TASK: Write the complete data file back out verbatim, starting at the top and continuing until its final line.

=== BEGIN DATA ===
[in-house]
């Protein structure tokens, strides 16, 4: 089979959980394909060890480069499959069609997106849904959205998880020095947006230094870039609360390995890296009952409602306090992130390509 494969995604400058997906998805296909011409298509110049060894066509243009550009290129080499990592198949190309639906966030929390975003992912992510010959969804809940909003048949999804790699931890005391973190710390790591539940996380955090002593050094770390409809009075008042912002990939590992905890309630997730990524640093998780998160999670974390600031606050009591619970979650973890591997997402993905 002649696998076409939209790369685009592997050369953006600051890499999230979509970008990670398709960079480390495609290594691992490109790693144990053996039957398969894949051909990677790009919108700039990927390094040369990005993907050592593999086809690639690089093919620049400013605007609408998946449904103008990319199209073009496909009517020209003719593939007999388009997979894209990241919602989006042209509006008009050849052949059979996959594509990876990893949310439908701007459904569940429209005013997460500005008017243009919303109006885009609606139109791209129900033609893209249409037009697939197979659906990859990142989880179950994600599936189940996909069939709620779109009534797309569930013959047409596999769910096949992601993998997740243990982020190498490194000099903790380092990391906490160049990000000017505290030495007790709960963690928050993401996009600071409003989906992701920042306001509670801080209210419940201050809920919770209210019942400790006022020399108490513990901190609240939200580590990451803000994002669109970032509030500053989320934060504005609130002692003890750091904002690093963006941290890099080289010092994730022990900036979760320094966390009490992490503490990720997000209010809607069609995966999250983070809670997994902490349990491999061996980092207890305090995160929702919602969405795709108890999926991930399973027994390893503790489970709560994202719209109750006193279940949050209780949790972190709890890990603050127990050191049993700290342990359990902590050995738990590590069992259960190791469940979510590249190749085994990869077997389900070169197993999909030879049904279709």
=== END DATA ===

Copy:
[in-house]
């Protein structure tokens, strides 16, 4: 089979959980394909060890480069499959069609997106849904959205998880020095947006230094870039609360390995890296009952409602306090992130390509 494969995604400058997906998805296909011409298509110049060894066509243009550009290129080499990592198949190309639906966030929390975003992912992510010959969804809940909003048949999804790699931890005391973190710390790591539940996380955090002593050094770390409809009075008042912002990939590992905890309630997730990524640093998780998160999670974390600031606050009591619970979650973890591997997402993905 002649696998076409939209790369685009592997050369953006600051890499999230979509970008990670398709960079480390495609290594691992490109790693144990053996039957398969894949051909990677790009919108700039990927390094040369990005993907050592593999086809690639690089093919620049400013605007609408998946449904103008990319199209073009496909009517020209003719593939007999388009997979894209990241919602989006042209509006008009050849052949059979996959594509990876990893949310439908701007459904569940429209005013997460500005008017243009919303109006885009609606139109791209129900033609893209249409037009697939197979659906990859990142989880179950994600599936189940996909069939709620779109009534797309569930013959047409596999769910096949992601993998997740243990982020190498490194000099903790380092990391906490160049990000000017505290030495007790709960963690928050993401996009600071409003989906992701920042306001509670801080209210419940201050809920919770209210019942400790006022020399108490513990901190609240939200580590990451803000994002669109970032509030500053989320934060504005609130002692003890750091904002690093963006941290890099080289010092994730022990900036979760320094966390009490992490503490990720997000209010809607069609995966999250983070809670997994902490349990491999061996980092207890305090995160929702919602969405795709108890999926991930399973027994390893503790489970709560994202719209109750006193279940949050209780949790972190709890890990603050127990050191049993700290342990359990902590050995738990590590069992259960190791469940979510590249190749085994990869077997389900070169197993999909030879049904279709």